Orca or Killer Whale – Orcinus orca
Habitat: Wide variety, common in cold, nearshore waters but also reported from polar ice pack to tropical oceanic islands. Individuals often develop feeding specialisations which restrict distribution.
Description: Powerfully built, robust torpedo-shaped body with conical head and indistinct beak. Colouration is striking black above, white below, with white patch above eye, white patch extending from belly to flanks, and less distinct grey saddle behind dorsal fin. Dorsal fin is all, triangular or sickle-shaped, centrally placed. Flippers broad and rounded. Teeth large and pointed.
Size: Females 5.6 – 5.7 m, males 9.4 – 9.5 m.
Weight: Females 2500 – 3000 kg, males 4000 – 5000 kg.
Lifespan: 60 – 90 years, females tend to live longer.
Distribution: Worldwide, from tropical to polar seas. In north-east Atlantic, most numerous around Iceland, Faroes, localised regions off west Norway. Widely distributed in small numbers around British Isles, mainly Atlantic seaboard and North Sea. Recorded in British waters year round but most commonly in coastal waters May – September, and offshore between Shetland and Norway and in north North Sea, November – March.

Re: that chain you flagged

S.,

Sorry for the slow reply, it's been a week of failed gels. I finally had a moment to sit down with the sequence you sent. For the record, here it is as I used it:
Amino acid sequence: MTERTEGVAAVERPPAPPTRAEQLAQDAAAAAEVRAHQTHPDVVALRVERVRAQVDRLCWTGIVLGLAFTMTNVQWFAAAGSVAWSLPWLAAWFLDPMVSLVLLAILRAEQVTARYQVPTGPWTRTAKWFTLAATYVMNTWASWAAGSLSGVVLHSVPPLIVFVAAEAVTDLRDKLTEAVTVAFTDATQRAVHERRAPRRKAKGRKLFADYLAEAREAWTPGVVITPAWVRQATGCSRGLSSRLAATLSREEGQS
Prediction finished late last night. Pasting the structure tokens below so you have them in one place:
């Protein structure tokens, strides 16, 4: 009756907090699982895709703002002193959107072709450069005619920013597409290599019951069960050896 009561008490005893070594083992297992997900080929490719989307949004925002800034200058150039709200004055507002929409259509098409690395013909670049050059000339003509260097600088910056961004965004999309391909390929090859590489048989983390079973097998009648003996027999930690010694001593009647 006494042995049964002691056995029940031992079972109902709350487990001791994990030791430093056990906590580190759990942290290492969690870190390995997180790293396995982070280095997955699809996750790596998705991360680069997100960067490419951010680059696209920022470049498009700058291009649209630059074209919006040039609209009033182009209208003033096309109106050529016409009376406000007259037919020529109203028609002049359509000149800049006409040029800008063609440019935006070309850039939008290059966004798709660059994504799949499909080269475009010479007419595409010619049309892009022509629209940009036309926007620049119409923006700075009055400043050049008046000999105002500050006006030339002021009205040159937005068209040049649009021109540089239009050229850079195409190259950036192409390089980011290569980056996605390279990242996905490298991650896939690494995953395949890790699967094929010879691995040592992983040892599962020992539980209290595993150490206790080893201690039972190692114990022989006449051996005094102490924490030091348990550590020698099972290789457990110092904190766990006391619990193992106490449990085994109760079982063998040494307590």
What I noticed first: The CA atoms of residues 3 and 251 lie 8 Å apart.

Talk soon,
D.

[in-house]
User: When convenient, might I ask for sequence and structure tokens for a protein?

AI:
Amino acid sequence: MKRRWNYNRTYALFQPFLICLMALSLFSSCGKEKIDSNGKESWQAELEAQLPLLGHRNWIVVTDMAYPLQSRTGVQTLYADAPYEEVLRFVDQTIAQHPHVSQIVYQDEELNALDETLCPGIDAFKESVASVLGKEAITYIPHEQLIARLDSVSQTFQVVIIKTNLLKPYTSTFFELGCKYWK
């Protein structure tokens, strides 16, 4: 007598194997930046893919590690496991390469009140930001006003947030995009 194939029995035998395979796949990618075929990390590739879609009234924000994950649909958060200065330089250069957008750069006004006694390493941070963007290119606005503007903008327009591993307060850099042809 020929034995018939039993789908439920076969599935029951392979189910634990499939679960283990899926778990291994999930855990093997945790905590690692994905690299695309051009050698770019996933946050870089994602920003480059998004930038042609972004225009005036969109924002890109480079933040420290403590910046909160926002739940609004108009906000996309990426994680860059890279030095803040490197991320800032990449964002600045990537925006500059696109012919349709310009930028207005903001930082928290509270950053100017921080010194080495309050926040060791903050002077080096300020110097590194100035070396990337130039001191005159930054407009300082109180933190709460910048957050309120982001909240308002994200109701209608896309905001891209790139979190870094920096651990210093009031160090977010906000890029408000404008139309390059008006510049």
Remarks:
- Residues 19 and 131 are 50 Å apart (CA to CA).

Diet & Feeding: Varied, including fish, squid, marine mammals, turtles, birds, although individuals or social groups usually specialise. Often uses tidal rips to capture fish such as salmon, cooperatively herding them into clusters. Cooperatively feeds on grey seal, with mature male making kill and allowing other pod members to feed. Intentional stranding to capture seals suggests large degree of social learning. Cooperative feeding on schooling herring well documented in Norway. Echolocation can detect schools of fish within a few km. Males tend to dive deeper than females.
Breeding: Births occur mainly in late autumn and winter. Mating probably peaks around October – November. Gestation period around 12 months, possibly up to 16; lactation period unknown, at least 12 months; calving interval at least 3, perhaps up to 9 years. Age at sexual maturity 15 – 16 years in male, 8 – 10 in female.
Conservation Status & Population: Listed by IUCN as lower risk, conservation dependent. Population estimates incomplete. 1987 survey of north Atlantic estimated 6618 animals. Has been hunted opportunistically in eastern Canadian Arctic, west Greenland, Faroes. Commercial captures primarily by Norway took 2455 whales between 1938 – 1981. Live capture off Iceland sporadically since 1975 for dolphinaria. May be affected by pollutants, oil slicks, acoustic threats from whale watching.
Striking black and white colouration, tall fin, sightings around British Isles mainly single individuals or small groups < 15.
Vocalisations: Includes variety of whistles of variable duration, mainly 6 – 12 kHz. High frequency 680 Hz 3.1 s call recorded in Iceland but never Norway. Underwater tail slaps produce broadband, multi-pulsed sounds which can be heard by other whales 3 – 4 km away. Mammal-eating orca often hunt silently. Suggested to be one of the few animals capable of vocal learning.